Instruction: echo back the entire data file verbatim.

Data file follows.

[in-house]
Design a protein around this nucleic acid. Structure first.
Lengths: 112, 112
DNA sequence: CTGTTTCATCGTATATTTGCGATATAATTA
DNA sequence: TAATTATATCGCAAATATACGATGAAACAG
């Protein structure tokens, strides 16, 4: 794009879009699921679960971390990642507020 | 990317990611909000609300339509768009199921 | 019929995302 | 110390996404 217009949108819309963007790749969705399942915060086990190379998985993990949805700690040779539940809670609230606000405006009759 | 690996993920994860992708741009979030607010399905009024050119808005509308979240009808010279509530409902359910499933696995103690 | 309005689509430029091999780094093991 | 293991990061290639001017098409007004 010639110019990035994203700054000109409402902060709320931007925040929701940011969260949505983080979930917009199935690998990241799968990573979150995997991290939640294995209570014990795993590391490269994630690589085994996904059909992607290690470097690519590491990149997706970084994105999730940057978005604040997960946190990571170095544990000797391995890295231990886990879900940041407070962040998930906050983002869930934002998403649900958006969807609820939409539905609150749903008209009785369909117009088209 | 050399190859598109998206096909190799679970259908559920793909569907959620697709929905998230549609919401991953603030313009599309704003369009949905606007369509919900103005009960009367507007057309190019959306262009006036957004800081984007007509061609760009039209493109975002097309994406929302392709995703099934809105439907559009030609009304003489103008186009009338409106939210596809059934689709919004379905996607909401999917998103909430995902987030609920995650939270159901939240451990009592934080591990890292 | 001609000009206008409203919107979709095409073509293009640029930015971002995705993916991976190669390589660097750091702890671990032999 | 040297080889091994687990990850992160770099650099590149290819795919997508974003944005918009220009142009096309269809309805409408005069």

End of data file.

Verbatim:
[in-house]
Design a protein around this nucleic acid. Structure first.
Lengths: 112, 112
DNA sequence: CTGTTTCATCGTATATTTGCGATATAATTA
DNA sequence: TAATTATATCGCAAATATACGATGAAACAG
């Protein structure tokens, strides 16, 4: 794009879009699921679960971390990642507020 | 990317990611909000609300339509768009199921 | 019929995302 | 110390996404 217009949108819309963007790749969705399942915060086990190379998985993990949805700690040779539940809670609230606000405006009759 | 690996993920994860992708741009979030607010399905009024050119808005509308979240009808010279509530409902359910499933696995103690 | 309005689509430029091999780094093991 | 293991990061290639001017098409007004 010639110019990035994203700054000109409402902060709320931007925040929701940011969260949505983080979930917009199935690998990241799968990573979150995997991290939640294995209570014990795993590391490269994630690589085994996904059909992607290690470097690519590491990149997706970084994105999730940057978005604040997960946190990571170095544990000797391995890295231990886990879900940041407070962040998930906050983002869930934002998403649900958006969807609820939409539905609150749903008209009785369909117009088209 | 050399190859598109998206096909190799679970259908559920793909569907959620697709929905998230549609919401991953603030313009599309704003369009949905606007369509919900103005009960009367507007057309190019959306262009006036957004800081984007007509061609760009039209493109975002097309994406929302392709995703099934809105439907559009030609009304003489103008186009009338409106939210596809059934689709919004379905996607909401999917998103909430995902987030609920995650939270159901939240451990009592934080591990890292 | 001609000009206008409203919107979709095409073509293009640029930015971002995705993916991976190669390589660097750091702890671990032999 | 040297080889091994687990990850992160770099650099590149290819795919997508974003944005918009220009142009096309269809309805409408005069």